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ASK THE EXPERT - I find it difficult to discuss money with my boss but feel that I am entitled to a pay rise. What is the best way to negotiate an increase in salary?

  • Publish Date: Posted 5 months ago

I find it difficult to discuss money with my boss but feel that I am entitled to a pay rise. What is the best way to negotiate an increase in salary?

Many people find the subject of money difficult to talk about and it is important that before you enter into discussions with your manager about your salary, you do your research and are well prepared.

The key areas of preparation are an understanding of the current market value of somebody in your role, a knowledge of the current position of your company, being able to illustrate the contribution that you are making to the organisation and an idea of what it is that you hope to achieve from the discussion.

Salary surveys and benchmarking reports can be valuable tools, however it is worth baring in mind that these often present salary ranges and should be viewed as a guide with consideration given to a number of factors such as your level of experience and the region in which you are based which can account for fluctuations.

Consider the bigger picture. The current position of your company or industry will also have a bearing; if the sector that you are working in is struggling or the business has recently lost an important contract then there may be little room for negotiation. Try to time your request for a meeting to give yourself the best chance of success and put an appointment in your manager’s calendar to specifically discuss the matter – don’t just try to catch them off-guard!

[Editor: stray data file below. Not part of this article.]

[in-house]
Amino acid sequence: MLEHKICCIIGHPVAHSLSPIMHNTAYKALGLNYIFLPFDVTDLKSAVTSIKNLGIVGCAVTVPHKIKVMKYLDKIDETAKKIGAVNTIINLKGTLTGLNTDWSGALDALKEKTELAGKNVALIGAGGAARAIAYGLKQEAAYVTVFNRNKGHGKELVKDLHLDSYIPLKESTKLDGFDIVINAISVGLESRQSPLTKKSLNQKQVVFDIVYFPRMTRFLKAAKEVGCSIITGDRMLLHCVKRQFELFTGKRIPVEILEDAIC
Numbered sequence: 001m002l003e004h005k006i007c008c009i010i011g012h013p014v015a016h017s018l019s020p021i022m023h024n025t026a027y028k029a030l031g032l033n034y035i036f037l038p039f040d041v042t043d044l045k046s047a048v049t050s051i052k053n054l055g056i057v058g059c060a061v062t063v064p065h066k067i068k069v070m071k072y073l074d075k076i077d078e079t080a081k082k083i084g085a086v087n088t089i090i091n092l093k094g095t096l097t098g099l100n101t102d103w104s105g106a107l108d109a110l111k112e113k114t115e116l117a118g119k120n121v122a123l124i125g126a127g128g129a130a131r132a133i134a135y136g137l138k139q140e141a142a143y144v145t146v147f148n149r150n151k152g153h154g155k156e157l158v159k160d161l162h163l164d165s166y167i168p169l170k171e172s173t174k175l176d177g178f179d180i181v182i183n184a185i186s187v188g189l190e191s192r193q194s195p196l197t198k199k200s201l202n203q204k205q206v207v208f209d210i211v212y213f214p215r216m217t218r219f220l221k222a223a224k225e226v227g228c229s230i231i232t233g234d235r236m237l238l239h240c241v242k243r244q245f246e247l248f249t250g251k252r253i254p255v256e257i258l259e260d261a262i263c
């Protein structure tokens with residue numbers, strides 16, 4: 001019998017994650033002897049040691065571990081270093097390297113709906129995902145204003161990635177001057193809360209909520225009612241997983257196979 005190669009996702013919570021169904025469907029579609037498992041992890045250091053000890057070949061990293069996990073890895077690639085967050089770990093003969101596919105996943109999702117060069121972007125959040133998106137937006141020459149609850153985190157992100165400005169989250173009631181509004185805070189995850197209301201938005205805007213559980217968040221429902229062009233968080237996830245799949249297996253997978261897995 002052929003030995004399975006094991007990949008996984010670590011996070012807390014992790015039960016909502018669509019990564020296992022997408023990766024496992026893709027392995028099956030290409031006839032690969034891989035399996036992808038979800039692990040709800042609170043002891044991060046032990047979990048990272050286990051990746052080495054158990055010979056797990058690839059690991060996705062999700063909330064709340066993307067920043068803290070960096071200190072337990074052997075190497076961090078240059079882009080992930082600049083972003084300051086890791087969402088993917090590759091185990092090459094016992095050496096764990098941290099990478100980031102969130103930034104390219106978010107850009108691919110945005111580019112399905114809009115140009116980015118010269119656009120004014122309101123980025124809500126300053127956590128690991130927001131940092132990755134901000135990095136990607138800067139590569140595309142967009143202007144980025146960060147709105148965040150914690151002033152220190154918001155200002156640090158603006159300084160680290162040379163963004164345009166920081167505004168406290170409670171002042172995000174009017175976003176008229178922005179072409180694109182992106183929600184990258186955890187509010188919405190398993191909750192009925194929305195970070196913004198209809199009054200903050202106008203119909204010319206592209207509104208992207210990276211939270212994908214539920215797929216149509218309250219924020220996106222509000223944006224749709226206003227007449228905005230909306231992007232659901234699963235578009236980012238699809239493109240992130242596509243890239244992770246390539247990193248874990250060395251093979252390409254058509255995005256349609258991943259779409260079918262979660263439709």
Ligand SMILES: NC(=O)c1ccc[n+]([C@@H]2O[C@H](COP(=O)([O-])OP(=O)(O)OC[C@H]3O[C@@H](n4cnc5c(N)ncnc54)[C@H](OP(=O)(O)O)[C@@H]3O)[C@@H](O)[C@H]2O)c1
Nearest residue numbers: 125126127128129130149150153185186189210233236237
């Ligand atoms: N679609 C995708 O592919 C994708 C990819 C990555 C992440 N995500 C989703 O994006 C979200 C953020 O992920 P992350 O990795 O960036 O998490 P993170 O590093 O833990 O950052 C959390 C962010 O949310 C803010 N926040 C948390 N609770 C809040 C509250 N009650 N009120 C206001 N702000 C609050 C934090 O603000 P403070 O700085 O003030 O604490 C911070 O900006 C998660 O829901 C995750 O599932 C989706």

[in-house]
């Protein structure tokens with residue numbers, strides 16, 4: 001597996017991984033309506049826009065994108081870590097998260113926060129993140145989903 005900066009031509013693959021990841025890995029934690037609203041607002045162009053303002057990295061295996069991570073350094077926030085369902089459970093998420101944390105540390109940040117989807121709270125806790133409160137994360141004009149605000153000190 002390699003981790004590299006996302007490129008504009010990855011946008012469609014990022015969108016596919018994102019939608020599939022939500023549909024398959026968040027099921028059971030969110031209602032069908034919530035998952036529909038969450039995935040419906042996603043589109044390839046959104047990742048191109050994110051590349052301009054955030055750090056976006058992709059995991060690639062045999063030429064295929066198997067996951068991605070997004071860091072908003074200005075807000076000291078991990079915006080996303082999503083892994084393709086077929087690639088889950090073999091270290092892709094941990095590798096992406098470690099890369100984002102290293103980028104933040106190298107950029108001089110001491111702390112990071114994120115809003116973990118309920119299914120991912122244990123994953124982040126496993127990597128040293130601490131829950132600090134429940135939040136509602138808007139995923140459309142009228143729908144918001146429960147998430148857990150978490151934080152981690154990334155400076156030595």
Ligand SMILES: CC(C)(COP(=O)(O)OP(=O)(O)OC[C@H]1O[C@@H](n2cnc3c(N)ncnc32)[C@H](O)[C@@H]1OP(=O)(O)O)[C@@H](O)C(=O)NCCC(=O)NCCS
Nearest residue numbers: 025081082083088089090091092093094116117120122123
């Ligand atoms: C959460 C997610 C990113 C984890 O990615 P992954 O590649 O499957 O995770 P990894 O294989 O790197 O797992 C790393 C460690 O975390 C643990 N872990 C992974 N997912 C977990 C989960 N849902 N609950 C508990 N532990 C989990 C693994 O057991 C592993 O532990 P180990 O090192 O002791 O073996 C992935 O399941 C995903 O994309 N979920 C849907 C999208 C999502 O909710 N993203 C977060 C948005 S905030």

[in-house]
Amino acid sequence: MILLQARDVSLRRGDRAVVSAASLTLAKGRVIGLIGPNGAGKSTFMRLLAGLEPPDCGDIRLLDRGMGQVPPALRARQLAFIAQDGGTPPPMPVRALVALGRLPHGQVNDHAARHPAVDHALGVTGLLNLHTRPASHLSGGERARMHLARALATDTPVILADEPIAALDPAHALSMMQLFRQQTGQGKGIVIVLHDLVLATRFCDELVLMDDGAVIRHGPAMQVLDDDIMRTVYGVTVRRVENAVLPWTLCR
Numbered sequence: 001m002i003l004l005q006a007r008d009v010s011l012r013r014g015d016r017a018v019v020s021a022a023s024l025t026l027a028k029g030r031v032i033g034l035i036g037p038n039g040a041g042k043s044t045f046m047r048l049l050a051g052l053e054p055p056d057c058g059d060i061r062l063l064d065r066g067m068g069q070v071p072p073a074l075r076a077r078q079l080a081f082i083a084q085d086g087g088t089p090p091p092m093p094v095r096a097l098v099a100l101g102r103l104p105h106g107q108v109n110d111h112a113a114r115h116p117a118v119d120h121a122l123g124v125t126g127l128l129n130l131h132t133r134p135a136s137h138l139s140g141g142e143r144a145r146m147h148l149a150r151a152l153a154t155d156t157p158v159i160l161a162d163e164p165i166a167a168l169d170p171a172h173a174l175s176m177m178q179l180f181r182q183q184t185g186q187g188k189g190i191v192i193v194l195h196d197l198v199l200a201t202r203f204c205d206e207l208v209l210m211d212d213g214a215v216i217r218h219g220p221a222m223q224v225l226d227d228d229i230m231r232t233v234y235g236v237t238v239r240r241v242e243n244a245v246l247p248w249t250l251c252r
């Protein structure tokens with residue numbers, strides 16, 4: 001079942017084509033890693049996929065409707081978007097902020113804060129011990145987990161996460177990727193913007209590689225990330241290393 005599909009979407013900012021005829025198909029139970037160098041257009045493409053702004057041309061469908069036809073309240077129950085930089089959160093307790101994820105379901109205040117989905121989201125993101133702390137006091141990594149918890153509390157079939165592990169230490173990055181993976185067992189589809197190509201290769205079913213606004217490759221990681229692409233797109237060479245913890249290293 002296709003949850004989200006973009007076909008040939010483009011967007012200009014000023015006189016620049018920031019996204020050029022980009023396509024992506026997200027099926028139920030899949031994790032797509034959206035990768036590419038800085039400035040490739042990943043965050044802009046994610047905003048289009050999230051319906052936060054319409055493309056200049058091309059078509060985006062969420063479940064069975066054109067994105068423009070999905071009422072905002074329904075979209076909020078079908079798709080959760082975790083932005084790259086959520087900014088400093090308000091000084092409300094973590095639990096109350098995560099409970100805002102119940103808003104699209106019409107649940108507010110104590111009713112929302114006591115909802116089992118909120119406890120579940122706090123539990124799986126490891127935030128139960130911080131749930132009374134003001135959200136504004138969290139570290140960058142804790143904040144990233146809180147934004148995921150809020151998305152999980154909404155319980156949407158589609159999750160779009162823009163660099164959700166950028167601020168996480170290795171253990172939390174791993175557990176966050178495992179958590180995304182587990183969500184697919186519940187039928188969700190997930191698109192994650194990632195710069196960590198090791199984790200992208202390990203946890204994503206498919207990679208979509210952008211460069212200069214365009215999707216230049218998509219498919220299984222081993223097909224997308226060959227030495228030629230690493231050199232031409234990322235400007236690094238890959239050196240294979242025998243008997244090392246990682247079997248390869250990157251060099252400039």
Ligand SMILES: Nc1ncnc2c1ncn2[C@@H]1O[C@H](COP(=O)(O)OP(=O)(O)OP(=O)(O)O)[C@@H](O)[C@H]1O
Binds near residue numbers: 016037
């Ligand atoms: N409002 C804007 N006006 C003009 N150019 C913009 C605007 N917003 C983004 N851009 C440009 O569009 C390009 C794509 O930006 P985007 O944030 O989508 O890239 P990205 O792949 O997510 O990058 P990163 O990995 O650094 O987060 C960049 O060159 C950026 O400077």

Build up a case as to why you feel you deserve an increase in pay – have you taken on additional responsibilities, have you made a significant contribution to a particular project or introduced systems which have benefited the business, have you undertaken any training or gained further qualifications? Also look at your skills and identify if you possess any which are in particular demand (and possibly short supply) and enhance your value to your employer.

Have a figure in mind and be able to discuss why you feel that figure is appropriate and how you have arrived at it. Don’t be tempted to inflate this number in order to be negotiated down, if you pitch yourself too high your employer may feel that your expectations are unrealistic and end the discussion there and then. Also be prepared to outline what further contribution you can make.

If your request for an increase is not successful, you will no doubt be feeling disappointed – and could potentially decide to look for a new role – but do not attempt to give your employer ultimatums. Instead, ask your manager to outline a series of actions that you can work towards in order to secure a raise in the future and request a follow up meeting to discuss further.

Sharp Consultancy specialises in the recruitment of temporary, interim and permanent finance and accountancy professionals. With offices in Leeds and Sheffield our highly experienced team of consultants recruit for positions throughout Yorkshire and beyond. CONTACT US today for expert advice on your next career move.